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it possible that these good people should so soon have discovered that I am the Senior Wrangler !!!
THE CLOCK AND THE DIAL. A Clock, which served for many years to repeat the hours and point out time, happened to fall into conversation with a Dial, which also served, when the sun shone, to tell what was the time of day. It happened to be in a cloudy forenoon, when the sun did not shine. Says the Clock to the Dial, What a mean slavery you undergo! You cannot tell the hour without the sun pleases to inform you; and now the half of the day is past, and you know not what o'clock it is. I can tell the hour at any time, and would not be in such a dopendent state as you are in for the world. Night and day are both alike to me. It is just now twelve o'clock. Upon this the sun shone forth from under the cloud, and showed the exact time of the day. It was half an hour past twelve. The Dial then replied to the Clock, You may now perceive that boasting is not good; for you see you are wrong. It is better to be under direction and follow truth, than to be eye to one's self and go wrong ; your freedom is only a liberty to err; and what you call slavery in my case, is the only method of being freely in the right. You see that we should all of us
. keep our stations, and depend upon one another. I depend upon the sun, and you depend upon me; for if I did not serve to regulate your motions, you see you would for over go wrong.
Here, reader, turn your weeping eyes,
My fate a useful moral teaches;
From Bewick's Select Fables,
The hole in which my body lies
--LORD BROUGHAM'S EPITAPH FOR HIMSELF.*
A GRECIAN MASTER AND HIS SLAVE.
A master in Greece) treated with extreme cruelty his slaves who were engaged in planting and otherwise laying out a vineyard for him ; until at length one of them, the most misused of all, prophesied that for this his cruelty, he should never drink of its wine. When the first vintage was completed, he bade this slave to fill a goblet for him, which taking in his hand he taunted, him with the failure of his prophecy. The other replied “There's many a slip 'twixt the cup and the lip,” words which have since become proverbial. As he spake, tidings were brought of a huge wild boar, that was wasting the vineyard. Setting down the untasted cup, and snatching hastily a spear, the master went out to meet the wild boar, and was slain in the encounter.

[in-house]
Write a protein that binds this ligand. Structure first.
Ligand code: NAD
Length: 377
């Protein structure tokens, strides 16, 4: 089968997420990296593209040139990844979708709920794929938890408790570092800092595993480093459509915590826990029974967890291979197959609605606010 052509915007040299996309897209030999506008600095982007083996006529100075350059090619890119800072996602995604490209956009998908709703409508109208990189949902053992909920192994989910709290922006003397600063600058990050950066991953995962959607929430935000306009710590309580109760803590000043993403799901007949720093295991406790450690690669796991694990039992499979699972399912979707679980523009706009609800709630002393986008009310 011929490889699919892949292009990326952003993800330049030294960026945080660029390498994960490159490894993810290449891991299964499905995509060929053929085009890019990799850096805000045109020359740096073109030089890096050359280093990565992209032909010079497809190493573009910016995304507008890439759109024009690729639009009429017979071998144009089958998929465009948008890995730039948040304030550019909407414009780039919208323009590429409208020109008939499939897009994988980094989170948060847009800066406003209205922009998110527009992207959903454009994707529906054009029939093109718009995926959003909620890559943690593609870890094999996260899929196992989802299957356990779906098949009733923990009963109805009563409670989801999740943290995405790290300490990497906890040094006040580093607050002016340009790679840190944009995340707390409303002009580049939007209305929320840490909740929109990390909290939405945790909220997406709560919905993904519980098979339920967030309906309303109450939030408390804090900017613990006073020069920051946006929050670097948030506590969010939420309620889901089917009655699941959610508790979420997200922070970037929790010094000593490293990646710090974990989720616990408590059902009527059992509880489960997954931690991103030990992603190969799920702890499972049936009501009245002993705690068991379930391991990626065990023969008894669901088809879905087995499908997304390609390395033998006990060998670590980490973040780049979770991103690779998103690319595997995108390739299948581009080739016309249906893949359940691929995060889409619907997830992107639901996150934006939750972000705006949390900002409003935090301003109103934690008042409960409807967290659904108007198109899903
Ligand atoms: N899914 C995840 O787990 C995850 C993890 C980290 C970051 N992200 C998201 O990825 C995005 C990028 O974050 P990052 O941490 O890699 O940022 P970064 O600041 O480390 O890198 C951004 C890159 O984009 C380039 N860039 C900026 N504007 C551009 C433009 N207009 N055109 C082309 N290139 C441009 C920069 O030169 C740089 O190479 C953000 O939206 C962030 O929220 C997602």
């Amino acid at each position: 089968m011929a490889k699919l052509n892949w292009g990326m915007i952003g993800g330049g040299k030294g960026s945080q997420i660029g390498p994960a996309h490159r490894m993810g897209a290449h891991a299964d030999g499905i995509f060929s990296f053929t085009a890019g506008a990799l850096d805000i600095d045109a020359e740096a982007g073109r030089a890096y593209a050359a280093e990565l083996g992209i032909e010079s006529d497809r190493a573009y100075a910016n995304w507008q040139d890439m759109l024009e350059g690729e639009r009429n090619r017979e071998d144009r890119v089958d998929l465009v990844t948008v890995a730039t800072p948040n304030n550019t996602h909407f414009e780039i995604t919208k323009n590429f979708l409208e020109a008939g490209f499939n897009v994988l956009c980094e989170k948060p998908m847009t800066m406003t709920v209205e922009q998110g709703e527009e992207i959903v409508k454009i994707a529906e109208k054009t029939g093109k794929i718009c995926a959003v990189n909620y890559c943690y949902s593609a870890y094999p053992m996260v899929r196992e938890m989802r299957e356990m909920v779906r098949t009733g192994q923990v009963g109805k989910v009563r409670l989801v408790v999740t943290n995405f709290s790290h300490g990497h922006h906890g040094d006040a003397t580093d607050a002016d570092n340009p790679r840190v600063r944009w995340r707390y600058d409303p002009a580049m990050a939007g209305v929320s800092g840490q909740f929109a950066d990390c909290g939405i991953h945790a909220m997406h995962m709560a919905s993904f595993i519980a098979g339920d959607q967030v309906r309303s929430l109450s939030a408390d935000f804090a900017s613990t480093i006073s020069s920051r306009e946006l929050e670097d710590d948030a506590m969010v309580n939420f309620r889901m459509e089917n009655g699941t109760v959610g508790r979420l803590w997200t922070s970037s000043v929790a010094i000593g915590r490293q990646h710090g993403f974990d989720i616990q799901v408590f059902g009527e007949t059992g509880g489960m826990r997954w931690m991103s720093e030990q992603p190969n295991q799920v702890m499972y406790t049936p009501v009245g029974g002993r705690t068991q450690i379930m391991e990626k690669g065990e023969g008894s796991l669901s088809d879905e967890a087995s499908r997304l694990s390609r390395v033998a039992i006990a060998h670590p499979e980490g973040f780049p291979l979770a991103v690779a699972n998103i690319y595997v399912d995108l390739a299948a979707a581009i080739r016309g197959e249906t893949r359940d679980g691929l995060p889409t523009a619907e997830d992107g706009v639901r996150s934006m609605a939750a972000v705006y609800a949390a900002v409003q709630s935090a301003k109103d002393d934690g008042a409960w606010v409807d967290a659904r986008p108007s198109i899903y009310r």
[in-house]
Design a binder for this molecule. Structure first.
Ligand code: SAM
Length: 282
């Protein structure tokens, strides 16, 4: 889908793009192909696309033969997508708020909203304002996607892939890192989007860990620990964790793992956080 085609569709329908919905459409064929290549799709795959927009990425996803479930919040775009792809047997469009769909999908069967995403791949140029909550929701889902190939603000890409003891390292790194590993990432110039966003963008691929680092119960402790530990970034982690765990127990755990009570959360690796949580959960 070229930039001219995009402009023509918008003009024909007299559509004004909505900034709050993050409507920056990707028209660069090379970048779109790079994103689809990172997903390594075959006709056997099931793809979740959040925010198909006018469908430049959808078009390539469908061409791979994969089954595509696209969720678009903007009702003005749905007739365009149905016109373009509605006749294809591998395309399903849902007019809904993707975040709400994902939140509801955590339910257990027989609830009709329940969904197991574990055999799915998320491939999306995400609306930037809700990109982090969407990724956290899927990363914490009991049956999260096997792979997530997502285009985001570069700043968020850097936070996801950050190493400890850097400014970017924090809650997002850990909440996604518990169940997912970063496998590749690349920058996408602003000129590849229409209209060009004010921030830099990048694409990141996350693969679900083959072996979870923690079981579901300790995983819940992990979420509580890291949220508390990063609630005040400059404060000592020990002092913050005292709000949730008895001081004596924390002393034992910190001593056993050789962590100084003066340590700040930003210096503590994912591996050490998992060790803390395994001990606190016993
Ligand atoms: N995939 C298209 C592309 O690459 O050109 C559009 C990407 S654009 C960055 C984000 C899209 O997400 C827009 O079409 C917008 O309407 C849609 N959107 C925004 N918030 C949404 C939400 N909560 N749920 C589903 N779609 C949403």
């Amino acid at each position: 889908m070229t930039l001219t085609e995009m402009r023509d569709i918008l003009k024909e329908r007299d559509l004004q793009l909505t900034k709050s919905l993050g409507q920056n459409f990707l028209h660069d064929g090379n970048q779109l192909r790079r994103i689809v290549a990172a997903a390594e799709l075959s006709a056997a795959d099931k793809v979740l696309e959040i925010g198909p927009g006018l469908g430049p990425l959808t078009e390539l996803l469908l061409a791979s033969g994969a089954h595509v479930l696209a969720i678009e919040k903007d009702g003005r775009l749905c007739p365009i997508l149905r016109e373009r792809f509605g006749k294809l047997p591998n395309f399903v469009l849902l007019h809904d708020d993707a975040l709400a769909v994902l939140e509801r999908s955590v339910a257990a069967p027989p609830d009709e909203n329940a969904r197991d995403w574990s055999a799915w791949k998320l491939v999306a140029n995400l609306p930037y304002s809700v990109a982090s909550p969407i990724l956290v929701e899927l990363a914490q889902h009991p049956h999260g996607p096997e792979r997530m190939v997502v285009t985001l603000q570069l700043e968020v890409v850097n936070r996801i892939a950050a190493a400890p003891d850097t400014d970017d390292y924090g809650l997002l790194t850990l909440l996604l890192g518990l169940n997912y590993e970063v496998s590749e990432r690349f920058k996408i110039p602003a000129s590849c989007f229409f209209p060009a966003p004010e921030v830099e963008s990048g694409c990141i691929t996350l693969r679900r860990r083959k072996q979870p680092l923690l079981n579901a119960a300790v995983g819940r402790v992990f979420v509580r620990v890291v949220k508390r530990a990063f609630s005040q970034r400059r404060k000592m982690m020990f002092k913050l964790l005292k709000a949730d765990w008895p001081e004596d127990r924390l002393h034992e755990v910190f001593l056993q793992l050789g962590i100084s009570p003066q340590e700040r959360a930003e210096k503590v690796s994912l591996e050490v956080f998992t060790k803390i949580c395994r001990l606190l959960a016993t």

Accept with patience the offering of truth, believing it to be true; fix your heart on God, and be humbled as though you were dead. I
• It is said that this distinguished nobleman once in a playful mood, wrote the said epitoph for himself.
+ From Proverbs and Lessons.
From the Works of E. E. Wilson.
When pride cometh, then cometh shame; but with the lowly is wisdom.
“ BIBLE-PROVERBS 11."
Be humble if thou wouldst attain to wisdom,
“ THE VOICE OF THE SILENCE."
From poison thou mayest take the food of life,
An humble man is like a good tree, the more full of fruit the branches are, the lower they bend themselves.
Lowliness is good, O God; then no man's envy
Whosoever therefore shall humble himself as this little child, the same is greatest in the kingdom of heaven,
_“ BIBLE-ST. MATTHEW 18."
* From Indian Wisdom by Monier Williams.
He that is down, needs fear no fall;
Th' Almighty, from his throne, on earth surveys,
Pride, exclusiveness, self-glorification, have no place in the kingdom of God. Humility is the only credential which can obtain for us an entrance there.
“Humble we must be, if to heaven we go;
True merit, like the pearl inside an oyster, is content to remain quiet till it finds an opening.
Smooth runs the water where the brook is deep.
A great river makes no noise
The true secret of living at peace with all the world is to have an humble opinion of ourselves.
In whatever concerns bodily wants and bodily comforts, it is our duty to compare our own lot with the
* From The Life of Christ, by F. W. Farrar.
lot of those who are worse off, and this will keep us thankful : on the other hand, whenever we are tempted to set up our own wisdom or goodness, we must compare ourselves with those who are wiser and better, and that will keep us humble.
Astronomy is the most humbling of sciences. Its very essence is humiliation for the proud thoughts of vain man, In other sciences, the more
we know the greater we pride ourselves—the higher seems to rise our place in creation. But in astronomy advancing knowledge is but an increasing revelation of the vastness of the surrounding universe, and of the mighty existences for ever circling in shining courses through space compared with which earth is but as a tiny pebble among the bounders of the sea-shore. If this be, then, the case of Earth, what is man, her puny denizen, but as a mere dust-grain in the Universe, his presence
, absence alike unnoted and uncared for by the host of vast worlds over rolling through space in the shining circling courses ?
One part, one little part, we dimly scan